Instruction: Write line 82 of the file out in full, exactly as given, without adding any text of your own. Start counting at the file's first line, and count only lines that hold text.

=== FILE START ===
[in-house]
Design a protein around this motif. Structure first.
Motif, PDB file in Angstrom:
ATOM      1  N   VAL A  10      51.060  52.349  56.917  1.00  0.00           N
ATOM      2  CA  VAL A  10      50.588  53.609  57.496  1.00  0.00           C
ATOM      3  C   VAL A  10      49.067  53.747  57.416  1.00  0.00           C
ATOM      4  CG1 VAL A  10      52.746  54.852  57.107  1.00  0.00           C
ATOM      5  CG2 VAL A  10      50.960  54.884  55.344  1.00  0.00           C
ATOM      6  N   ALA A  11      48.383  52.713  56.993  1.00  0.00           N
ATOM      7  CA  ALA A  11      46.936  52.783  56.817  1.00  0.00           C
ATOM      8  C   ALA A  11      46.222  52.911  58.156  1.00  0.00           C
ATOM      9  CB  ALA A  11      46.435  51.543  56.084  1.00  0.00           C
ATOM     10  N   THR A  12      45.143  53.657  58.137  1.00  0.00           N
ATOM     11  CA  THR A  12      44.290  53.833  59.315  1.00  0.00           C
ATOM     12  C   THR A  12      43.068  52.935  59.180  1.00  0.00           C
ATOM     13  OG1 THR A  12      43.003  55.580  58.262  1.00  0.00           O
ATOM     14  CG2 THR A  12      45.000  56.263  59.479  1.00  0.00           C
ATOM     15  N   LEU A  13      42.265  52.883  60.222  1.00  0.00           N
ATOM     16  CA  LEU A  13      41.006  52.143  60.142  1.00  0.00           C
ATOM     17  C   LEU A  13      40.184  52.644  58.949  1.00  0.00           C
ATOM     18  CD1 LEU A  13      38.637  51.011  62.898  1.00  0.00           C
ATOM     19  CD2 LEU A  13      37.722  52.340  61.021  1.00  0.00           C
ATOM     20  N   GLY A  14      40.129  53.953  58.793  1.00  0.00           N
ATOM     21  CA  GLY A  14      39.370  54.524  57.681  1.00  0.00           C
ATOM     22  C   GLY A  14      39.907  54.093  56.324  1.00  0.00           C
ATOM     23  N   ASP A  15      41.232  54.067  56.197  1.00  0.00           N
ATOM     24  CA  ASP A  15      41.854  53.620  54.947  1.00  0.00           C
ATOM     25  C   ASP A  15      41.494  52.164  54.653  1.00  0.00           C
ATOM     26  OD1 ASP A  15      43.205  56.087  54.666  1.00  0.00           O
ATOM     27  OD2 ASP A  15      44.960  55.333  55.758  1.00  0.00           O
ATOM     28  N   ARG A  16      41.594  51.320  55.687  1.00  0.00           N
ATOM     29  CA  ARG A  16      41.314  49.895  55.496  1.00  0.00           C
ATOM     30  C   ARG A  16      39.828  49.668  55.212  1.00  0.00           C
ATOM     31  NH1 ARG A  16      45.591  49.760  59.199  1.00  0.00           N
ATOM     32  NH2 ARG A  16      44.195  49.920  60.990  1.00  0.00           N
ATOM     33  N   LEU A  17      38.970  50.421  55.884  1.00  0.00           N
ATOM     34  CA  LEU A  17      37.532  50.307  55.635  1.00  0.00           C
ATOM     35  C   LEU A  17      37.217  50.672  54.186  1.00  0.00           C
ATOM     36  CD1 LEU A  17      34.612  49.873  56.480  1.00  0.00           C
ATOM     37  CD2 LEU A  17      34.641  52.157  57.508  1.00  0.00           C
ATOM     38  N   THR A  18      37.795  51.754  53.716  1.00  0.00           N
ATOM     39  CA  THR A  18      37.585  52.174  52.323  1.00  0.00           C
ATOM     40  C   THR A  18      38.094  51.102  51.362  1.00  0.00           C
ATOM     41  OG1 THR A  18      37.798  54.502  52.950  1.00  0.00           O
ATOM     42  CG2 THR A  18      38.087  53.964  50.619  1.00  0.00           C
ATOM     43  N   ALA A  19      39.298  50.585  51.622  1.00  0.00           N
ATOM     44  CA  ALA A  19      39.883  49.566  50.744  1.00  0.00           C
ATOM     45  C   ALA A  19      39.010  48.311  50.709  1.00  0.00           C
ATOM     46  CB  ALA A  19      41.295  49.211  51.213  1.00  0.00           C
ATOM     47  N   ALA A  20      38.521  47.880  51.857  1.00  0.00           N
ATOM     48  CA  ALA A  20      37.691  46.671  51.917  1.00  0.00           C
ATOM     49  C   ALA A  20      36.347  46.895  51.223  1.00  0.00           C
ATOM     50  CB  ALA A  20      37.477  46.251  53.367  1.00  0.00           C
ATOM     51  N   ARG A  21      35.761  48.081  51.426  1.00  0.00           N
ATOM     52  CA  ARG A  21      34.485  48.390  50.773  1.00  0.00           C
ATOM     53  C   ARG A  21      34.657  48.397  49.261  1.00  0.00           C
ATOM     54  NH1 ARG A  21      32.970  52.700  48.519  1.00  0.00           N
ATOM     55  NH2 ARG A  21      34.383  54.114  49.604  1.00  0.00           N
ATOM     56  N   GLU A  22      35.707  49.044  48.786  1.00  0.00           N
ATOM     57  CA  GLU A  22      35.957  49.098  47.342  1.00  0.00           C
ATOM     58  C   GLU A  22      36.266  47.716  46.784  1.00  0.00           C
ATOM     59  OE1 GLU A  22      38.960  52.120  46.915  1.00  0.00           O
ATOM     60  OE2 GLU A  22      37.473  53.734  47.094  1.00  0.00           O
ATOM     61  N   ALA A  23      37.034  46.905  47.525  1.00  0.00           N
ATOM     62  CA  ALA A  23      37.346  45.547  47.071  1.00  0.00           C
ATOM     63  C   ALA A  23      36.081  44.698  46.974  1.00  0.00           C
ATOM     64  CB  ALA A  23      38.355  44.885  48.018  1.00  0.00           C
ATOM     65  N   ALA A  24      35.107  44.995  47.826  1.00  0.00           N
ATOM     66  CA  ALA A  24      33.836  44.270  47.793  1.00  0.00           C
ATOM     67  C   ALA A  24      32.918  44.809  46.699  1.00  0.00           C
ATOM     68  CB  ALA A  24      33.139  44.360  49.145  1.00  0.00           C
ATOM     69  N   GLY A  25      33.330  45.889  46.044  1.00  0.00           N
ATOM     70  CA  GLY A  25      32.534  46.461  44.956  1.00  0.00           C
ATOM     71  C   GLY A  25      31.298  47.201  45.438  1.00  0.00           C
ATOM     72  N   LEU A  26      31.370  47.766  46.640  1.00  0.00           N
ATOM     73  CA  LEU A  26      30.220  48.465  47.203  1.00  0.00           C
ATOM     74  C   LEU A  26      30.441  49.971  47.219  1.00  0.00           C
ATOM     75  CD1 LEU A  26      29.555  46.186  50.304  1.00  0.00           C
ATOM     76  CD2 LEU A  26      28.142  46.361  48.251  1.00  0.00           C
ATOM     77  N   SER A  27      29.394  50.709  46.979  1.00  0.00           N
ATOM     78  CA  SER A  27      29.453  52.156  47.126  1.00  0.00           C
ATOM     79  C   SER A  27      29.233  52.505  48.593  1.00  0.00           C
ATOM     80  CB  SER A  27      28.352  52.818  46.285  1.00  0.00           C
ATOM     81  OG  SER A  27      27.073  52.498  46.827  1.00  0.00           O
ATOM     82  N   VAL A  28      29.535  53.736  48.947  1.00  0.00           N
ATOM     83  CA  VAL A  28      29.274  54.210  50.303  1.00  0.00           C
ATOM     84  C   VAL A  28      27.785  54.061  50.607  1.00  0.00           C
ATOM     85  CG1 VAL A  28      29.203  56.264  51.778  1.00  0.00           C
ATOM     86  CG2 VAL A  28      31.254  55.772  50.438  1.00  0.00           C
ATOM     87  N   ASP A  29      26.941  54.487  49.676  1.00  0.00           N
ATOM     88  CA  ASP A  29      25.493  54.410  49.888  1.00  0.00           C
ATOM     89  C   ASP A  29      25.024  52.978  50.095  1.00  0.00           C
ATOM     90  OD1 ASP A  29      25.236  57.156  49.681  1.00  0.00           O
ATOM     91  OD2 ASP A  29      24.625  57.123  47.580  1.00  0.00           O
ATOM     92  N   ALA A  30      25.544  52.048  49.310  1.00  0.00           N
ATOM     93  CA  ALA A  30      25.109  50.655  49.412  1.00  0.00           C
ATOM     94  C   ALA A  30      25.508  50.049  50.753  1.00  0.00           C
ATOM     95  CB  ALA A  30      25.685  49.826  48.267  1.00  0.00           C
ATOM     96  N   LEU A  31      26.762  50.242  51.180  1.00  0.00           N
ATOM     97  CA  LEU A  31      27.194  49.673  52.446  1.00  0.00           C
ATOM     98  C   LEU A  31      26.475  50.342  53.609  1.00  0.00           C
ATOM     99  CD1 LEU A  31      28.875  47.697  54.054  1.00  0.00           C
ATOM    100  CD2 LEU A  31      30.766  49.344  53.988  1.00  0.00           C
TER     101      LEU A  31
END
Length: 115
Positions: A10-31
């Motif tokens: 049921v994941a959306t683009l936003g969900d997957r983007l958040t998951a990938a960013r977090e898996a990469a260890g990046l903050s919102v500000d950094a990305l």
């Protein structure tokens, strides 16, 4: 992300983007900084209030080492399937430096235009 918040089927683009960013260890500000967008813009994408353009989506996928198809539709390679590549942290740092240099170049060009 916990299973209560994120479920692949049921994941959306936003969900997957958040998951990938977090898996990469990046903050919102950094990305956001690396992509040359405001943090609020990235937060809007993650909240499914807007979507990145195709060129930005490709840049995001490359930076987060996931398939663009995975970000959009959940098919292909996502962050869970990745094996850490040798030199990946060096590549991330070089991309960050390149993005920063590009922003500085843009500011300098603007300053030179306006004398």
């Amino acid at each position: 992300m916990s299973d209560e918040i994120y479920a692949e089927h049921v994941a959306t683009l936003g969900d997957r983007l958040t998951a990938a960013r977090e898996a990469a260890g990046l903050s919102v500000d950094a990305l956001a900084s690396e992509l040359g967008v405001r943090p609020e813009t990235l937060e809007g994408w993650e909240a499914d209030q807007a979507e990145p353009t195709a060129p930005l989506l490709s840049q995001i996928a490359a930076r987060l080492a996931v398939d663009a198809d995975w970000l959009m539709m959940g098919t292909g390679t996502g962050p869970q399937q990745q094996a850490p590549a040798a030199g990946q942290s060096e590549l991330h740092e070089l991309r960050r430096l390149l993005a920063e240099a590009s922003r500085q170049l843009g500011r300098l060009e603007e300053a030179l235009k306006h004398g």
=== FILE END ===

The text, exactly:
ATOM     79  C   SER A  27      29.233  52.505  48.593  1.00  0.00           C